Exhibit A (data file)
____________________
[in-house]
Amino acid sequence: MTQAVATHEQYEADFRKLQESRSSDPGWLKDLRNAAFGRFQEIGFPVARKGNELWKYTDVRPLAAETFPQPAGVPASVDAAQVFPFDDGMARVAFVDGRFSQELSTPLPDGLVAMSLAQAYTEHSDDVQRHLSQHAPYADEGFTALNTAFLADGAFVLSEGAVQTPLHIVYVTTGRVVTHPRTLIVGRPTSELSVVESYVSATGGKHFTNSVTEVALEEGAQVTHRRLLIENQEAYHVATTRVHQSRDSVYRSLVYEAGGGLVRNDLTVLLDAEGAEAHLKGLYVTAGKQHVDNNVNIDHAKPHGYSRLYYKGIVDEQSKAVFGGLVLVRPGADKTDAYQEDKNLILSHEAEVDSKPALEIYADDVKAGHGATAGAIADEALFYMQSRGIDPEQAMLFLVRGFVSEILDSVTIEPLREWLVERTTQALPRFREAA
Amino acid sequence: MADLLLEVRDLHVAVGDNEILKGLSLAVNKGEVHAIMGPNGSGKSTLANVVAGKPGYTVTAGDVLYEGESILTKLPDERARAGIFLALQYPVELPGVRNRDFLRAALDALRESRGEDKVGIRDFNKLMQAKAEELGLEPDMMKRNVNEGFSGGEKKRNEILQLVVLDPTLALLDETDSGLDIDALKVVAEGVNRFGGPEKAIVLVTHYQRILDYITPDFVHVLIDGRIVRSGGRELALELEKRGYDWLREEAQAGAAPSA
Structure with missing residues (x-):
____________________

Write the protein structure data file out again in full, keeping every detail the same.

[in-house]
Amino acid sequence: MTQAVATHEQYEADFRKLQESRSSDPGWLKDLRNAAFGRFQEIGFPVARKGNELWKYTDVRPLAAETFPQPAGVPASVDAAQVFPFDDGMARVAFVDGRFSQELSTPLPDGLVAMSLAQAYTEHSDDVQRHLSQHAPYADEGFTALNTAFLADGAFVLSEGAVQTPLHIVYVTTGRVVTHPRTLIVGRPTSELSVVESYVSATGGKHFTNSVTEVALEEGAQVTHRRLLIENQEAYHVATTRVHQSRDSVYRSLVYEAGGGLVRNDLTVLLDAEGAEAHLKGLYVTAGKQHVDNNVNIDHAKPHGYSRLYYKGIVDEQSKAVFGGLVLVRPGADKTDAYQEDKNLILSHEAEVDSKPALEIYADDVKAGHGATAGAIADEALFYMQSRGIDPEQAMLFLVRGFVSEILDSVTIEPLREWLVERTTQALPRFREAA
Amino acid sequence: MADLLLEVRDLHVAVGDNEILKGLSLAVNKGEVHAIMGPNGSGKSTLANVVAGKPGYTVTAGDVLYEGESILTKLPDERARAGIFLALQYPVELPGVRNRDFLRAALDALRESRGEDKVGIRDFNKLMQAKAEELGLEPDMMKRNVNEGFSGGEKKRNEILQLVVLDPTLALLDETDSGLDIDALKVVAEGVNRFGGPEKAIVLVTHYQRILDYITPDFVHVLIDGRIVRSGGRELALELEKRGYDWLREEAQAGAAPSA
Structure with missing residues (x-):